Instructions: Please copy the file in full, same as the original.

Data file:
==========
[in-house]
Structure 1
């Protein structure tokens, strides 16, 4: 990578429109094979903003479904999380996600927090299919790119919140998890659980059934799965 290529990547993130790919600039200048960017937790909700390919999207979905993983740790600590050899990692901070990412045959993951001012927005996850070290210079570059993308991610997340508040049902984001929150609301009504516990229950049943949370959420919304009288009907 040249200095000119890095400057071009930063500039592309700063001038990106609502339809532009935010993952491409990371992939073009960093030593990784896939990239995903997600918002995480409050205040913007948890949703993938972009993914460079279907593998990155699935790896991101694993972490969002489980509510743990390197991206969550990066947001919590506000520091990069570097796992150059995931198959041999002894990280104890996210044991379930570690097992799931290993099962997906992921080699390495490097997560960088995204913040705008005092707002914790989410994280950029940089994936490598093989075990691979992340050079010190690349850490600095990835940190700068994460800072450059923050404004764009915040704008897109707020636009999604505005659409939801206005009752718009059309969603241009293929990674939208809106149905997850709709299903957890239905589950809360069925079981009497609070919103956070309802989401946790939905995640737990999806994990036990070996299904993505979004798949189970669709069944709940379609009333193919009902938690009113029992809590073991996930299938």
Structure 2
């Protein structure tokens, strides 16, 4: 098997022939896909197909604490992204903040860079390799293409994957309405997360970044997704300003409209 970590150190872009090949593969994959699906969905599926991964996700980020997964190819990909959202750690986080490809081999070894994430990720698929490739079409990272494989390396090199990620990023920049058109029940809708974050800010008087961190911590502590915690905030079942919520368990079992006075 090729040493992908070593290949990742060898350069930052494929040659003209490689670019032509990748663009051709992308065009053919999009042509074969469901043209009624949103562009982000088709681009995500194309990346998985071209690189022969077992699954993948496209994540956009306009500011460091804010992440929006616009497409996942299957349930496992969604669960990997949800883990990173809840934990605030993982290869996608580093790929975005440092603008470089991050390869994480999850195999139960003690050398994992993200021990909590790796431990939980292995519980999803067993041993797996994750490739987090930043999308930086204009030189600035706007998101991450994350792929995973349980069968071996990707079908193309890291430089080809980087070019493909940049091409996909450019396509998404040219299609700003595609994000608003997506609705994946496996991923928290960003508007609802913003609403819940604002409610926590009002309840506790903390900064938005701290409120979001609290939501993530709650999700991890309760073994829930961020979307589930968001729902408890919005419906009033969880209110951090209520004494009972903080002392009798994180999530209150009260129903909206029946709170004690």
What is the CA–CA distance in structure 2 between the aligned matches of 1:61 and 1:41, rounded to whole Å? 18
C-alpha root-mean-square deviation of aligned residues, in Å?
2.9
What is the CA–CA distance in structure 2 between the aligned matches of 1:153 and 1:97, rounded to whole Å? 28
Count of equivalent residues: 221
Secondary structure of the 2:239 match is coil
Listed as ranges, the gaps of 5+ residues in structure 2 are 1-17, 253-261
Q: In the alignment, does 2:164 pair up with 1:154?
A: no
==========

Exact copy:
[in-house]
Structure 1
């Protein structure tokens, strides 16, 4: 990578429109094979903003479904999380996600927090299919790119919140998890659980059934799965 290529990547993130790919600039200048960017937790909700390919999207979905993983740790600590050899990692901070990412045959993951001012927005996850070290210079570059993308991610997340508040049902984001929150609301009504516990229950049943949370959420919304009288009907 040249200095000119890095400057071009930063500039592309700063001038990106609502339809532009935010993952491409990371992939073009960093030593990784896939990239995903997600918002995480409050205040913007948890949703993938972009993914460079279907593998990155699935790896991101694993972490969002489980509510743990390197991206969550990066947001919590506000520091990069570097796992150059995931198959041999002894990280104890996210044991379930570690097992799931290993099962997906992921080699390495490097997560960088995204913040705008005092707002914790989410994280950029940089994936490598093989075990691979992340050079010190690349850490600095990835940190700068994460800072450059923050404004764009915040704008897109707020636009999604505005659409939801206005009752718009059309969603241009293929990674939208809106149905997850709709299903957890239905589950809360069925079981009497609070919103956070309802989401946790939905995640737990999806994990036990070996299904993505979004798949189970669709069944709940379609009333193919009902938690009113029992809590073991996930299938």
Structure 2
């Protein structure tokens, strides 16, 4: 098997022939896909197909604490992204903040860079390799293409994957309405997360970044997704300003409209 970590150190872009090949593969994959699906969905599926991964996700980020997964190819990909959202750690986080490809081999070894994430990720698929490739079409990272494989390396090199990620990023920049058109029940809708974050800010008087961190911590502590915690905030079942919520368990079992006075 090729040493992908070593290949990742060898350069930052494929040659003209490689670019032509990748663009051709992308065009053919999009042509074969469901043209009624949103562009982000088709681009995500194309990346998985071209690189022969077992699954993948496209994540956009306009500011460091804010992440929006616009497409996942299957349930496992969604669960990997949800883990990173809840934990605030993982290869996608580093790929975005440092603008470089991050390869994480999850195999139960003690050398994992993200021990909590790796431990939980292995519980999803067993041993797996994750490739987090930043999308930086204009030189600035706007998101991450994350792929995973349980069968071996990707079908193309890291430089080809980087070019493909940049091409996909450019396509998404040219299609700003595609994000608003997506609705994946496996991923928290960003508007609802913003609403819940604002409610926590009002309840506790903390900064938005701290409120979001609290939501993530709650999700991890309760073994829930961020979307589930968001729902408890919005419906009033969880209110951090209520004494009972903080002392009798994180999530209150009260129903909206029946709170004690």
What is the CA–CA distance in structure 2 between the aligned matches of 1:61 and 1:41, rounded to whole Å? 18
C-alpha root-mean-square deviation of aligned residues, in Å?
2.9
What is the CA–CA distance in structure 2 between the aligned matches of 1:153 and 1:97, rounded to whole Å? 28
Count of equivalent residues: 221
Secondary structure of the 2:239 match is coil
Listed as ranges, the gaps of 5+ residues in structure 2 are 1-17, 253-261
Q: In the alignment, does 2:164 pair up with 1:154?
A: no